Cervical Screening Program



Fiji, Cook Islands, Solomon Islands and Vanuatu


Reduce deaths from cervical cancer by working with national governments, non-government organisations and key stakeholders to strengthen national health systems and increase cervical cancer screening and treatment appropriate to the local context.


Cervical cancer is the second most common cancer in women worldwide but also one of the most preventable and treatable forms if detected early and managed effectively.

In 2012, the World Health Organisation reported that 528,000 new cases of cervical cancer were diagnosed and 266,000 women died of the disease, with nearly 90% of deaths occurring in low and middle-income countries.

Despite evidence that regular cervical cancer screening can save women's lives, in Pacific nations women are dying up to nine times the rate of women in Australia as screening is not routinely available.

Cervical cancer incidence and mortality graph

Data source: WHO - International Agency for Research on Cancer


Our aim is to ensure that comprehensive cervical cancer prevention and control programs are implemented in a sustainable manner within the context of the local health system. We work with local Ministry of Health, NGOs and key stakeholders to:

  • Determine the adequacy of current cervical cancer prevention, screening and treatment services
  • Determine the most appropriate method of cervical cancer screening, which may include VIA , Pap tests and HPV DNA testing
  • Implement a pilot study within the country which includes training of clinicians, supporting the development of appropriate clinical policies, implementing client information and promotional strategies, data collection, monitoring and evaluation and quality assurance processes and document the outcomes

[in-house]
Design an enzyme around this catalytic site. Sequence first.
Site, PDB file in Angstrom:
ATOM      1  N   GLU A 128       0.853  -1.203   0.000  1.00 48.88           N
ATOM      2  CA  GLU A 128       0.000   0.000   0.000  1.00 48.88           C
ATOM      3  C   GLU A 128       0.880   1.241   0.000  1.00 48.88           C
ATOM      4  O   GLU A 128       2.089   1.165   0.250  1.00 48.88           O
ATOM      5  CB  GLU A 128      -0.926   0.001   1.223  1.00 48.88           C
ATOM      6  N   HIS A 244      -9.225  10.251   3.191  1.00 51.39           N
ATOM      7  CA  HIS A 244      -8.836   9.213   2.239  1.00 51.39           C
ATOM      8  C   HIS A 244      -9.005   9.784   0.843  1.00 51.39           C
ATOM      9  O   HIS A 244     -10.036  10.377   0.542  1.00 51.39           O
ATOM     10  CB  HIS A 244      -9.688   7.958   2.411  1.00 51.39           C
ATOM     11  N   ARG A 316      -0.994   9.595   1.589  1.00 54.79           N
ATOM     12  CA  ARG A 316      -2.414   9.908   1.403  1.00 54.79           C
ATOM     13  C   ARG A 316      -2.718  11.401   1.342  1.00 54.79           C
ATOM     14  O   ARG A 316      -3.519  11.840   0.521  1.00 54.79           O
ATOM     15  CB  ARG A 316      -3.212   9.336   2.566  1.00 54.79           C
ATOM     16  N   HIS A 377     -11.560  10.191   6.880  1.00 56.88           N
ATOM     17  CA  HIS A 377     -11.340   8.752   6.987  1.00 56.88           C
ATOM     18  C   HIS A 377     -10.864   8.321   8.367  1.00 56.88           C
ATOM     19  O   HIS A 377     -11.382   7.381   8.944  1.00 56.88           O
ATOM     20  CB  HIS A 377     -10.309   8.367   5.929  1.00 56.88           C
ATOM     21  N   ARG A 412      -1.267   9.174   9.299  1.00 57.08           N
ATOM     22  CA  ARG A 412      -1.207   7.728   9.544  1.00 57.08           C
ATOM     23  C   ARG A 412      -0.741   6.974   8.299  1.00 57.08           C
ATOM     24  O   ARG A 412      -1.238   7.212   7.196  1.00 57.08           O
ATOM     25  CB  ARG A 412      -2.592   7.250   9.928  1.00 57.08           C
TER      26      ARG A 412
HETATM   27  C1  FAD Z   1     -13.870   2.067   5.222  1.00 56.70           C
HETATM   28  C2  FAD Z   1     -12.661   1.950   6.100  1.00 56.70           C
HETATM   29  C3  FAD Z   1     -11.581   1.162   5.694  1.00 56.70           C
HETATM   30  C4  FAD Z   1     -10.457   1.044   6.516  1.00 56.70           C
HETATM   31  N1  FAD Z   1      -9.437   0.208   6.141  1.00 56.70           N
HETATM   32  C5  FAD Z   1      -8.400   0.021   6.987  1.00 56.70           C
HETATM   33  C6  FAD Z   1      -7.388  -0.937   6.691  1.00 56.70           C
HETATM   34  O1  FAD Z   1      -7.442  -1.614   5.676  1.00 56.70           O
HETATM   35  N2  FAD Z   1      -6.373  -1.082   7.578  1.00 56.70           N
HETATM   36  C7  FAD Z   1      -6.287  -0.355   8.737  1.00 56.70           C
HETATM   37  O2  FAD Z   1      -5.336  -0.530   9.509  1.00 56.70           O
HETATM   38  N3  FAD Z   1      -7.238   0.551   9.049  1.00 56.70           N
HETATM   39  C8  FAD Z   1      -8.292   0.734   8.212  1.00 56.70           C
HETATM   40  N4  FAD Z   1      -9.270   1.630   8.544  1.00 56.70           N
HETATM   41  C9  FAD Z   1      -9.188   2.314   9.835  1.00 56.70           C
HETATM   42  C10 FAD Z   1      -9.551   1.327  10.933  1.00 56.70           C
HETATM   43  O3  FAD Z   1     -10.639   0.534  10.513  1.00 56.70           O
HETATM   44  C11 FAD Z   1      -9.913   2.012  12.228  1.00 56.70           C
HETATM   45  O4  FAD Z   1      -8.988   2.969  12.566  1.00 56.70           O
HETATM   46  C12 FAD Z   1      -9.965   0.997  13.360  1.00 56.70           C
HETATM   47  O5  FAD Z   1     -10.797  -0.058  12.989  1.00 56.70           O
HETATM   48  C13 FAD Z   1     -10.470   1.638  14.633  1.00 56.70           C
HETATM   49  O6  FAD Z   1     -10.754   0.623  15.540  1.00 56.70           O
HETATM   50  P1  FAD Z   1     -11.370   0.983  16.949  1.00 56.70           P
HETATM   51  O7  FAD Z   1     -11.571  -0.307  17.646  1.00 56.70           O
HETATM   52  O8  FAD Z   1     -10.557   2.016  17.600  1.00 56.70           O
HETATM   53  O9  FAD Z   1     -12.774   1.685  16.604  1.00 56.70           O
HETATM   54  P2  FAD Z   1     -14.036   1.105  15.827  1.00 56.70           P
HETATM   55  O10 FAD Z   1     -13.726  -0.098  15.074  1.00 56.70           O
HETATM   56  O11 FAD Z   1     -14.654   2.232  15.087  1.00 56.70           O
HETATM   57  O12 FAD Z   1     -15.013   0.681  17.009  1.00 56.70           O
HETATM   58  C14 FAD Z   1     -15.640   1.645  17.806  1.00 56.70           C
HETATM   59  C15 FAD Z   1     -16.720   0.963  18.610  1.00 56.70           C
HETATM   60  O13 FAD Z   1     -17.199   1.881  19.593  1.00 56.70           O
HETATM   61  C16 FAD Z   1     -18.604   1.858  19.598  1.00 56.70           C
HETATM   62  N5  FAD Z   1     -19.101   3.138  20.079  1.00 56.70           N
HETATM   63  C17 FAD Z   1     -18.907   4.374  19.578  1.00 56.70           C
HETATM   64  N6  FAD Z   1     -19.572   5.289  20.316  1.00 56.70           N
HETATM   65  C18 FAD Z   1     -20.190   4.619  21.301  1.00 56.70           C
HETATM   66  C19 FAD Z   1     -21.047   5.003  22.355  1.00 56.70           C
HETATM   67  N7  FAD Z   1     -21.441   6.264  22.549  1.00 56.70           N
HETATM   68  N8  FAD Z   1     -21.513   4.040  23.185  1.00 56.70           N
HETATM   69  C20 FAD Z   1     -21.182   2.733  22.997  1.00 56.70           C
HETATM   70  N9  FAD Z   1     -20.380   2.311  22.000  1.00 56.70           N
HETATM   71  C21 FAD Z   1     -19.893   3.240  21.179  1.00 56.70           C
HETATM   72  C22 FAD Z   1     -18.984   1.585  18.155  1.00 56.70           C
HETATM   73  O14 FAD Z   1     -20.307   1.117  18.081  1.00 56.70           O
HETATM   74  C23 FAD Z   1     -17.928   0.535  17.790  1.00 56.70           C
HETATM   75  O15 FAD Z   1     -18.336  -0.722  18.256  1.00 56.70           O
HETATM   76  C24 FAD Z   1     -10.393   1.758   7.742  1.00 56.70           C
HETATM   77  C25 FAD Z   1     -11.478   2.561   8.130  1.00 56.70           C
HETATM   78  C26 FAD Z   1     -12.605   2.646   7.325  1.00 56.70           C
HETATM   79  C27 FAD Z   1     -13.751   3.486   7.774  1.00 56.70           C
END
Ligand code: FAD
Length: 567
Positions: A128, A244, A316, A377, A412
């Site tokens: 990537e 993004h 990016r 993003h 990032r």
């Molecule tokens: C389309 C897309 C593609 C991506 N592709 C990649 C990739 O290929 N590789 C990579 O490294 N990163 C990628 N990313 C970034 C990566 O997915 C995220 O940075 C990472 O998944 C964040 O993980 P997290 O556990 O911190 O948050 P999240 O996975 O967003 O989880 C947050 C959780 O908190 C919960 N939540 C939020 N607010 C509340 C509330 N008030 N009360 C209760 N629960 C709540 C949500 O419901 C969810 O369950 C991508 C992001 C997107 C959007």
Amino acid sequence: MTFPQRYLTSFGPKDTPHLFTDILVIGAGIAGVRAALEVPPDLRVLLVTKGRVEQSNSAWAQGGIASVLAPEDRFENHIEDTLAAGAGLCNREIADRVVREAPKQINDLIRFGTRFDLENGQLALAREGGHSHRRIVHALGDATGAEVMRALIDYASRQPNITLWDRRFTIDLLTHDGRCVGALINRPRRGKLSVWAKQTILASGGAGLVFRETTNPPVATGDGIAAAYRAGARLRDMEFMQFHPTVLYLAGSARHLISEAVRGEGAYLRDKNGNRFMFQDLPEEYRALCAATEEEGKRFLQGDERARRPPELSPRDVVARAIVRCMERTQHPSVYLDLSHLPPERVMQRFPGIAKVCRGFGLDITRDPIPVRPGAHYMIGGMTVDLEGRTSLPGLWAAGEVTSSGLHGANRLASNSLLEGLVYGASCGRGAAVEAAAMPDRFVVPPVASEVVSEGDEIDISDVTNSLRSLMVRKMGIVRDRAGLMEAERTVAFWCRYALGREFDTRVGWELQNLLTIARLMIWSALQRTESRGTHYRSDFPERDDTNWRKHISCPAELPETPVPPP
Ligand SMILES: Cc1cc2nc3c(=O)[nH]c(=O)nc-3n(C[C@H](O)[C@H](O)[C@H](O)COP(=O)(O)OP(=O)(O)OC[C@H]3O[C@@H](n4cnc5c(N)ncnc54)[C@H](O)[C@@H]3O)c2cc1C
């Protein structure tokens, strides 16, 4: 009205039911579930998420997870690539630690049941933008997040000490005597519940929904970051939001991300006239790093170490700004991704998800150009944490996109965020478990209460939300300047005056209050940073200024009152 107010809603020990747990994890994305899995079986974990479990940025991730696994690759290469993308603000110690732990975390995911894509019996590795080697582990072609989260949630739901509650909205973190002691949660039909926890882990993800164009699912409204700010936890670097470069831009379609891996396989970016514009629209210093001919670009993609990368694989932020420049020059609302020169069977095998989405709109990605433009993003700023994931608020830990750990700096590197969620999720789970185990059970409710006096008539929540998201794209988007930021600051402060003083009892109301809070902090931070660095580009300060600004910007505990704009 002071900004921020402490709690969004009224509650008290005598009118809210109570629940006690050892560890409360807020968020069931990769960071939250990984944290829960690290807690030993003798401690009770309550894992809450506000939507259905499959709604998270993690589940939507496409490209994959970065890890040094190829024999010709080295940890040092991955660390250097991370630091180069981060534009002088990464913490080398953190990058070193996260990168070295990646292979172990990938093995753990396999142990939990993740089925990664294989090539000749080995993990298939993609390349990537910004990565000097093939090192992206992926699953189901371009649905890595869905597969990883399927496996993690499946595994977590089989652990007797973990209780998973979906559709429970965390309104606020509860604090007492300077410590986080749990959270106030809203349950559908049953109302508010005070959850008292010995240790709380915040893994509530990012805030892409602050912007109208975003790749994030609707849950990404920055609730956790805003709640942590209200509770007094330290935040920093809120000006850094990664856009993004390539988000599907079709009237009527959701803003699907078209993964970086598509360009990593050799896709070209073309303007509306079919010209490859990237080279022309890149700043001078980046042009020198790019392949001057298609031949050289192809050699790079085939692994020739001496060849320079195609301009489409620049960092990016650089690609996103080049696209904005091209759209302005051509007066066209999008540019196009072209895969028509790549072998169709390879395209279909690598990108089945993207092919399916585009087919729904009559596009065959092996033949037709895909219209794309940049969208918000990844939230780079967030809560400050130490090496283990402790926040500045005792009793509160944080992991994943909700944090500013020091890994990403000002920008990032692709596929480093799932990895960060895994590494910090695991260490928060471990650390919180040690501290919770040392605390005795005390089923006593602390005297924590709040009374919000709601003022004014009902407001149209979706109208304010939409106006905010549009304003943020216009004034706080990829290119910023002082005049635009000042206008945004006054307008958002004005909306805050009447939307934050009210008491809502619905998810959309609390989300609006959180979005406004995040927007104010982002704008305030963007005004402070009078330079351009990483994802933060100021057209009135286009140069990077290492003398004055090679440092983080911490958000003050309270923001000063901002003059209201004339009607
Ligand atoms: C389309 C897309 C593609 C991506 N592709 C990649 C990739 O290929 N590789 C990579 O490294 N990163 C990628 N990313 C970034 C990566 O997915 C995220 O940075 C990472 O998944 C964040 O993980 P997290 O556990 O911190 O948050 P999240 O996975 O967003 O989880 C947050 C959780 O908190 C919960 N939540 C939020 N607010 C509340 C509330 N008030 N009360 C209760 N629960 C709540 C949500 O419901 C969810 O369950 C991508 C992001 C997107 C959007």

• Develop recommendations for future cervical prevention, screening and treatment programs
  • Support local implementation to ensure sustainability of the program within the local health system


  • 6,071 women screened
  • 126 Clinicians trained in Fiji, Cook Islands, Solomon Islands and Vanuatu
  • Training program customised for the Pacific
  • Feasibility study completed in Fiji for visual inspection with acetic acid (VIA) followed by cryotherapy. The Fiji Ministry of Health and Medical Services published the Cervical Cancer Screening Policy 2015, implementing VIA and cryotherapy as part of the cervical cancer screening pathway.
  • Promotional resources developed and training provided to nurses and community educators in Cook Islands to promote and deliver cervical screening.
  • Delivering clinical training, promotional strategies and project management to support the HPV DNA pilot in Vanuatu.
  • Commenced pilot of visual inspection with acetic acid (VIA) followed by cryotherapy in the Solomon Islands.
  • Advocated for cervical cancer prevention, screening and treatment to be a regional priority in the Framework for Pacific Regionalism.


Cook Islands


Solomon Islands


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